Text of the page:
'Cross-border agreement unfair,' say Irish Republicans
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BY IAIN SHERRIFF, MITA
rr HE Road Transport Organization of the Irish Republic, is totally opposed to the cross-border agreement with Northern Ireland. So strong are feelings in the republic that a memorandum of amendments has been submitted to the Minister of Transport and Power, Mr. Erskine H. Childers.
The proposals seek to limit the number and the scope of vehicles entering the republic from the North and call for regard to be taken, among other factors, of the difference In operating costs between the republic and Ulster.
In the republic a carrier's operations are limited by a mileage restriction while in Northern Ireland there is no such restriction. In effect this means that carriers from Northern Ireland are unrestricted in their entry to the republic while Eire carriers can only enter the North provided they are licensed to travel to the border. Since 20-25 per cent of all republican carriers are based in County Cork, and since much of their activities are confined to the county, it will be appreciated that few of the republican operators can enter Northern Ireland.
The RTO calls upon the Minister to take cognizance of the operating costs in each area. The import duty on vehicles makes a difference of almost .E800 on the price of a seven-ton chassis and tilt cab. Tyres are more expensive-9.00 x 20 ply is 10 per cent dearer in the republic. Fuel is dearer; Road Tax is dearer; spare parts are dearer.
The licensing position and the costs situation are construed by the RTO to give an unfair advantage to the northern operator: "Our members are highly experienced transport operators—well able to hold their own, provided competition is on equal terms. Under existing conditions our licensed road operators are virtually priced out of the market. Further there is a danger that the lower freight rates which can be quoted by Northern road transport operators may result in the diversion of traffic from our ports to ports in Northern Ireland."
This week I spoke to Mr. L. F. Lynch, RTO director, and he is in no doubt that there will have to he a change if the republican haulier has to compete in the North. Certainly RTO does not blame Northern Ireland for the unfair balance.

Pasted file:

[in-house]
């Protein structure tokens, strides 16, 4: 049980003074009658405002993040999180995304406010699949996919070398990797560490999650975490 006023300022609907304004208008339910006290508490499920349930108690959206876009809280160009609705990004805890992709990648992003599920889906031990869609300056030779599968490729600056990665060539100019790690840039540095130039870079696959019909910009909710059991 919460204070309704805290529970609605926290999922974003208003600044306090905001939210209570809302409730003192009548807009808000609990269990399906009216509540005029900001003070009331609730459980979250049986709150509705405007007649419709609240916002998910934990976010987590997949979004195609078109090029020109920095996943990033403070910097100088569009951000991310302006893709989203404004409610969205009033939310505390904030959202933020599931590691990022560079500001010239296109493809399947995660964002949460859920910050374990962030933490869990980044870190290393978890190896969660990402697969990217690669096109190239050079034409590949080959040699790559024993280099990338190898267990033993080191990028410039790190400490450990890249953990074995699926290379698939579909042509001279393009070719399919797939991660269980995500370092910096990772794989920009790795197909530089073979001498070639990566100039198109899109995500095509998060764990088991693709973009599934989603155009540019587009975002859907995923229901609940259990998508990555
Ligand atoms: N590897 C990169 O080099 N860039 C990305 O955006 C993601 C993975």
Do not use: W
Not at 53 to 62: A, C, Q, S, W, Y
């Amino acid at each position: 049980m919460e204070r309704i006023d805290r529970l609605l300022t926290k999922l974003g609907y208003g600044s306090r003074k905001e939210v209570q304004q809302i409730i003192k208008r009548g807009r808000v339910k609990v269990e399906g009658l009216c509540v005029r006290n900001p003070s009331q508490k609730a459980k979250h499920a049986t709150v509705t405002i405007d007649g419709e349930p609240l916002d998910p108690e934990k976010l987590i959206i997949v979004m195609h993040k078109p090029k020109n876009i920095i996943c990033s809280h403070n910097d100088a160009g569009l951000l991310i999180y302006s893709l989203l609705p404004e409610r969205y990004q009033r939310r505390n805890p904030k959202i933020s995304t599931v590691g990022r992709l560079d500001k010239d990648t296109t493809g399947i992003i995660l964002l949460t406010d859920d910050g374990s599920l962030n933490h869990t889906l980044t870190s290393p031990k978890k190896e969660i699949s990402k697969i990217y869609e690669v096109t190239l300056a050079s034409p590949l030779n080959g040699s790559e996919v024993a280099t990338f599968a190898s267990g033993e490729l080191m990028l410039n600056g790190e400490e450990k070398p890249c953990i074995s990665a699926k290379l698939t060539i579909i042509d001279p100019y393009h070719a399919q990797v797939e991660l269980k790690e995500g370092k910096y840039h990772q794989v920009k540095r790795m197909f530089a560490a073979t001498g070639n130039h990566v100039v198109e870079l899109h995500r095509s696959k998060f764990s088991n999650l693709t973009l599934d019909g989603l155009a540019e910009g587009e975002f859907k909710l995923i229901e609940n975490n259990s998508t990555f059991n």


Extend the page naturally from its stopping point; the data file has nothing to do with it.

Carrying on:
The memorandum suggests that licences issued to the NI freight operators should be limited. Why? Surely to limit the vehicles entering the republic will only have the effect of reducing the volume of trade. Is it not a retrograde step to impose restrictions, and would it not be better for the Ministry of Transport and Power to increase the radius of operation of many of the
existing operators? If restrictions are imposed on North to South traffic might the same not apply in reverse?
I feel that by beaming the first two paragraphs of the memorandum at NI operators the RTO is placing the emphasis on the wrong quarter. Its claim to be able to hold its own combined with a call for freedom from the restrictions imposed by the Dail would surely have been sufficient. The trouble in the Republic of Ireland has been created from within and from within must come the solution.
Short-term licences favour French hauliers
HAULIERS specializing in traffic to France
are concerned at the proposals of the Ministry of Transport to simplify the licensing procedure for short term applications by Conti. nental firms. Briefly, these proposals envisage a less complicated application form, no publication, and no right of appeal. At the moment, British hauliers And it virtually impossible to get a permit to operate beyond the "Zone Courte" in France (approximately 150/200 km.).
But no limitations are placed on the radius within which French hauliers can operate in this country under a short-term A or B licence. This point has been referred to the Ministry of Transport by the RHA, and will probably be considered at the continued Anglo-French bilateral discussions later this month.